Looking to kick-start German economy

Hundreds of thousands of German supporters celebrate in downtown Berlin after Germany defeated Ecuador 3-0 in the Football World Cup final Group A match on June 20, 2006.

KAI RYSSDAL: German soccer fans are celebrating today. Their team beat Ecuador, 3-0, at the Olympic Stadium in Berlin. It's the best start in 26 years for the German side at a World Cup. Fans are now hoping the team will make it to the final in July. German politicians have high hopes for the World Cup as well. They're looking to get an economic boost in a country that's been in the doldrums for a couple of years. Kyle James has that story.


KYLE JAMES: The latest cover of Germany's biggest news magazine Der Spiegel sums up the World Cup so far in three words: The Germany Party.

In cities across the country, streets have been blocked off, creating so-called Fan Miles. Huge TV screens have been set up for crowds to follow the matches while they munch on their bratwursts.

The areas are packed, both with Germans and the many visitors from abroad who have come to back the 32 teams playing in the tournament.

In front of the giant screens, there's usually a sea of flags and singing fans.


MICHAEL SONTHEIMER:There aren't that many times when you see so many people who are in a good mood, who are walking around or partying. For Berlin and the whole of Germany it's a very positive event.

Michael Sontheimer is a historian who writes about contemporary Germany. He says the importance of the World Cup for Germany could extend far beyond the sporting aspect.

SONTHEIMER: Mental factors or psychological factors are extremely important for an economy. For Germany in the last years, you could say that people expected things going down and not going up. This, I think, could change.

In fact, it's often said Germans have a glass-is-half-empty kind of approach to life. Some of their grumbling is justified. Economic growth over the past four years has been feeble, at best. But right now, Germans are just happy to revel in the global spotlight.Back at Berlin's fan mile, Tina Britt was carrying her son on her back. He was waving a German flag.

TINA BRITT [voice of interpreter]: In Germany, people complain a lot about the whole economic situation, and I think the World Cup could give a positive push to things. Just a little boost. Maybe after the Cup everything in general will be seen in a more positive light.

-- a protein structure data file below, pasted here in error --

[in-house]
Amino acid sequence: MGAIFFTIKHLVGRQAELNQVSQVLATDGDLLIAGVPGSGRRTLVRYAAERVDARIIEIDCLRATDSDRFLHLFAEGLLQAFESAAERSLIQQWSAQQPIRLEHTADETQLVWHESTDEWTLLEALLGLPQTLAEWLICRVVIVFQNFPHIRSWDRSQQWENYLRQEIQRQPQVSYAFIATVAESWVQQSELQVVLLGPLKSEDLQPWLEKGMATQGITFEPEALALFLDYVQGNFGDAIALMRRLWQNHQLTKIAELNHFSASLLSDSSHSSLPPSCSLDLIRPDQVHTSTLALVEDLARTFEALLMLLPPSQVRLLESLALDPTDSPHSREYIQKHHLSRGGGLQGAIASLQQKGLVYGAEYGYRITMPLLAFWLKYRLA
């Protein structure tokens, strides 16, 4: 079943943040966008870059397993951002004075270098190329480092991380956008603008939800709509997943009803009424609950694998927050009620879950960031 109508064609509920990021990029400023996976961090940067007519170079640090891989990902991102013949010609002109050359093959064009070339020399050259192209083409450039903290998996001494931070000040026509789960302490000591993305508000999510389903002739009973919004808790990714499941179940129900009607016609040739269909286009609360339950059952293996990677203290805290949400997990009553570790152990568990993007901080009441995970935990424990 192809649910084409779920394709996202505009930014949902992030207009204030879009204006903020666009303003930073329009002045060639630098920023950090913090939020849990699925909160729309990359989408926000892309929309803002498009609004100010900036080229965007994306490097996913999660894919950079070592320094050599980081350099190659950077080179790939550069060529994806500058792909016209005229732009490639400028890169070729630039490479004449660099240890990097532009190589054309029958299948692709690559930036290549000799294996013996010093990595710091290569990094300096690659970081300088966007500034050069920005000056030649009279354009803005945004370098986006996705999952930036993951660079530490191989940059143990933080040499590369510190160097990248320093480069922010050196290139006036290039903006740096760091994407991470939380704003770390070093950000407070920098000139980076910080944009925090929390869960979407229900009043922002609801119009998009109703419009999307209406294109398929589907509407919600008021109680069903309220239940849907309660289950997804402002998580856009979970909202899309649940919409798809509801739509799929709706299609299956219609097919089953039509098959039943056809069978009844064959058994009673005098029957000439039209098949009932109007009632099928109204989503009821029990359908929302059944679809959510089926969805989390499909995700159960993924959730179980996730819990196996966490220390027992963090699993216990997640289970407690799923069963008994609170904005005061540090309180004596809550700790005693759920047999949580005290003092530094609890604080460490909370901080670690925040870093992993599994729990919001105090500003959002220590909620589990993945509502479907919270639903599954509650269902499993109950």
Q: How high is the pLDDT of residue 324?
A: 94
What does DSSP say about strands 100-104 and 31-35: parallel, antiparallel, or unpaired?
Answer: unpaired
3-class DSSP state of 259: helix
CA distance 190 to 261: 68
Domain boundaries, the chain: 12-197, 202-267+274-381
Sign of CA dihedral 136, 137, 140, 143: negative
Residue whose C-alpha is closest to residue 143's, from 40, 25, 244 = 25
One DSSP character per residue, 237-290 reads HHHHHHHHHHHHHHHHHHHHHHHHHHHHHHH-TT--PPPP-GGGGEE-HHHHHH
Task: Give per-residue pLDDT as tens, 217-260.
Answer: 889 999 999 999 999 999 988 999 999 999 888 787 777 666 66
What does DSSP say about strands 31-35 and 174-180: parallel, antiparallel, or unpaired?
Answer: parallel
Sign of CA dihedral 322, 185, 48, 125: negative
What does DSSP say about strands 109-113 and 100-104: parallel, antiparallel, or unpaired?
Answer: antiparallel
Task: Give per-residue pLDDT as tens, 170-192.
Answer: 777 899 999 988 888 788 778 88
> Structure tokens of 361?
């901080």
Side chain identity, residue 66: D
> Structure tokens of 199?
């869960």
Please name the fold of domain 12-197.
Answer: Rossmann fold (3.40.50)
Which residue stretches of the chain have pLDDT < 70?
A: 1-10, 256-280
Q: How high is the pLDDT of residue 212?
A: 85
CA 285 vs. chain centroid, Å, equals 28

The origins of this national morale boost actually stretch back to November, when Angela Merkel from the conservative CDU party became Germany's first female chancellor. She started repairing relations with the US and promised to tackle Germany's economic problems. That, in turn, spurred consumer confidence, which this spring reached its highest levels in five years.

One tangible source of pride for many Germans is Berlin's Hauptbahnhof, the spanking new main train station in the city center. It's Europe's biggest. The multistory glass-and-steel cathedral aims to be a central transportation hub for the whole continent.

During the month-long soccer contest, some 3.5 million people are expected to visit Germany. The country's tourist board says the tournament should boost the domestic economy by about $11 billion. Some hope the good face Germany is putting on for the world, including showing off its renowned efficiency, could attract investors. But despite the rosy numbers and optimistic forecasts, some caution about expecting too much from a series of soccer games.

THOMAS HÜNE: It might be possible that people drink some more beer and buy some more flags, but that don't make sustainable growth for Germany.

Thomas HA¼ne is with the Federation of German Industries.

HÜNE: They won't buy a new car, they won't buy a new house or anything so I don't expect that it will be a long-lasting effect.

But others say you shouldn't discount the symbolic importance of the World Cup. And those who think it unlikely that some well-aimed soccer balls could bring Germany out of its long torpor, have probably never been around when the national team scores.

They don't call soccer Germany's other national religion for nothing.

In Berlin, I'm Kyle James for Marketplace.

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